(Photo: Nishtha Gautam/The Quint)
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We Love India, But...

Mr Dorji, my taxi driver from Thimphu, was a voluble man. Although I would have preferred a quiet night-drive after a long day of interviews, it was best not to resist the clichéd cab-talk.

This man was an opinionated talker, who had seen much of India. Not only did he encourage me to have another child – a boy – he made no efforts in hiding his distaste for Bengalis. In his broken English he declared, “People from Madras good, Jaigaon and Siliguri bad.”

While outraged, I had little reason to blame him. Before I left for Haa on Sunday, the streets of Thimphu were flooded with day tourists from the border town of Jaigaon, India. Suddenly, the ambience of the town had altered. From being a quiet, languid town Thimphu got catapulted into a state of chaos. There were paan stains on the streets and raucous laughs and gawky stares lining the footpaths. The kira-clad women of Bhutan and easy and cheap availability of alcohol are big draws, after all.

Alcohol is served almost everywhere in Bhutan-- from a roadside eatery to luxury five-star hotels. It can also be cheaply bought from grocery stores.
(Photo: Nishtha Gautam/The Quint)

These are the kind of Indians that the average Bhutanese has to deal with on a daily basis. Mr Dorji, however, had another peeve. “I say very honestly, Indians and Japanese give no tips.” To prove him wrong, I paid a 20% tip at the end of my journey.

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Indian Military in Bhutan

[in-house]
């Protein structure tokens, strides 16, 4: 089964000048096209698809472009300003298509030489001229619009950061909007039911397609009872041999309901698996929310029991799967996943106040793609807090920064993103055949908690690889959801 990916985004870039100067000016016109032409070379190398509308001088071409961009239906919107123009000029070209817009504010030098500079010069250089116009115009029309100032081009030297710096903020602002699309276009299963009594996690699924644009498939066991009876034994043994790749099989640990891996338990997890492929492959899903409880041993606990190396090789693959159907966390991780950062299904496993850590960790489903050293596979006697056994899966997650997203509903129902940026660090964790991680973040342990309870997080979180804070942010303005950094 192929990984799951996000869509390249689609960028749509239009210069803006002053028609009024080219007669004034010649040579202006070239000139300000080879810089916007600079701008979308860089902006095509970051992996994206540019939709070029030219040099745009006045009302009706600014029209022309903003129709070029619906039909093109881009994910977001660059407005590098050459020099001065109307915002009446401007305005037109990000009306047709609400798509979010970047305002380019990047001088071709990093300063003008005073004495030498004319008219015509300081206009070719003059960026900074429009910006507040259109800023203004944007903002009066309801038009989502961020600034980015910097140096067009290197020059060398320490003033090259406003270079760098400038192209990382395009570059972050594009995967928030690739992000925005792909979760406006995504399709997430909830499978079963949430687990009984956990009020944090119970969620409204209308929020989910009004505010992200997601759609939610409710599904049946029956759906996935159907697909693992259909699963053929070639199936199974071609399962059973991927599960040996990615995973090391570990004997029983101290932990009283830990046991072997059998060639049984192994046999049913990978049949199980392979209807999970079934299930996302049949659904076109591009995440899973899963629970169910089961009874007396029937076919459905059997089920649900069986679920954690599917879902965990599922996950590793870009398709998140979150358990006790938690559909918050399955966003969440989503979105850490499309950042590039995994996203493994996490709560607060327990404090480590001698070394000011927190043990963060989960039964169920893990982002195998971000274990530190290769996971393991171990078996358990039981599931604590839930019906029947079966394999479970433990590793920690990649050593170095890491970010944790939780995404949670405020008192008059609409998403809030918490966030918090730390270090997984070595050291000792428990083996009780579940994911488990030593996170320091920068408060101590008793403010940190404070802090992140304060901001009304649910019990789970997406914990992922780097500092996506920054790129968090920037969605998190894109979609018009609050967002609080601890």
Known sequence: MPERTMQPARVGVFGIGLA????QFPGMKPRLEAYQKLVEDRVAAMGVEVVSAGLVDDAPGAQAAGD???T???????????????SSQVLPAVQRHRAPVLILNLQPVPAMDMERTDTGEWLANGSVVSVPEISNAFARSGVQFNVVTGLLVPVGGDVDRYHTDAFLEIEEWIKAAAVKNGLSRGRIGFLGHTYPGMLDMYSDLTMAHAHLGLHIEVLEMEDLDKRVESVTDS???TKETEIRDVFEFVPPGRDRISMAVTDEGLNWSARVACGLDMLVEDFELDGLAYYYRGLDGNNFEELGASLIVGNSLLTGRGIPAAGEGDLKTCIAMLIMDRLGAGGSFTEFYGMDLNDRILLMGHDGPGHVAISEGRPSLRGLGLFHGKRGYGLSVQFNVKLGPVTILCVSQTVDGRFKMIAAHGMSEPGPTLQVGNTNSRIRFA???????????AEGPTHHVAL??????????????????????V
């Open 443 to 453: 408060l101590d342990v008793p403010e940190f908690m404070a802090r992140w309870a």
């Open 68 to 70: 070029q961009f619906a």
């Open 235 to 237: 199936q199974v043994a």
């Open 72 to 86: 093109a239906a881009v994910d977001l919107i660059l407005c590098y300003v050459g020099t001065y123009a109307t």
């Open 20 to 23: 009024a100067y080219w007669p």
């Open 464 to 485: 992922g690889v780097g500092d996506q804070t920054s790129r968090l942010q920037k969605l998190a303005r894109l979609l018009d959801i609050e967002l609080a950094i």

Do Bhutanese see the Indian army as an occupying force? This thought was gnawing at my conscience even before I passed the IMTRAT base in Haa in the middle of the night. In the morning, however, I began to get my answers. Recently in the digital media, much has been made of the Indian Army’s occupation of the Haa Dzong, the traditional administrative and religious centre of a Bhutanese district. While a Haa-based blogger named Wangcha Sangey routinely posts virulent attacks on it, the local population is largely at ease with the Indian army.

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“Mr Sangey does not represent us. He’s not even a public figure. I don’t know why people in India seem to be even paying any attention to him,” shared M Dorji while serving me breakfast in his cousin’s beautiful farmhouse. Spending two afternoons in the Haa market made me believe him. I could not find even a single Indian army personnel on the street. With a self-sufficient base of their own, the soldiers posted at IMTRAT perhaps find no reason to venture out. The local population does not have to deal with the foreign soldiers, however friendly, on a routine basis. Familiarity may have bred contempt, who knows?

Be it the grocery stores inside the IMTRAT camp or the IMTRAT-run hospital in Haa, the Indian military's long presence in the town to train the Royal Bhutan Army has been a blessing for the local population.

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As an Indian passport-holder in rural Bhutan, I did not feel uncomfortable at all. As a journalist, however, I did feel nervous a few times. When the newly-deployed guards just short of the Damthang camp detained me for a search, it felt a bit odd. My driver was equally baffled. As we figured out eventually, some hawkish journalists brought in drone cameras and captured images of restricted areas in the Bhutan army’s China-facing camp. Coupled with factually incorrect and misleading reporting, such gimmicks increased Bhutan’s vulnerability in the past few weeks.

While the people of Bhutan are immensely polite, they do keep their national interest squarely in sight.

(At The Quint, we are answerable only to our audience. Play an active role in shaping our journalism by becoming a member. Because the truth is worth it.)

Read and Breaking News at the Quint, browse for more from voices and blogs

Topics:  Bhutanese   Doklam Standoff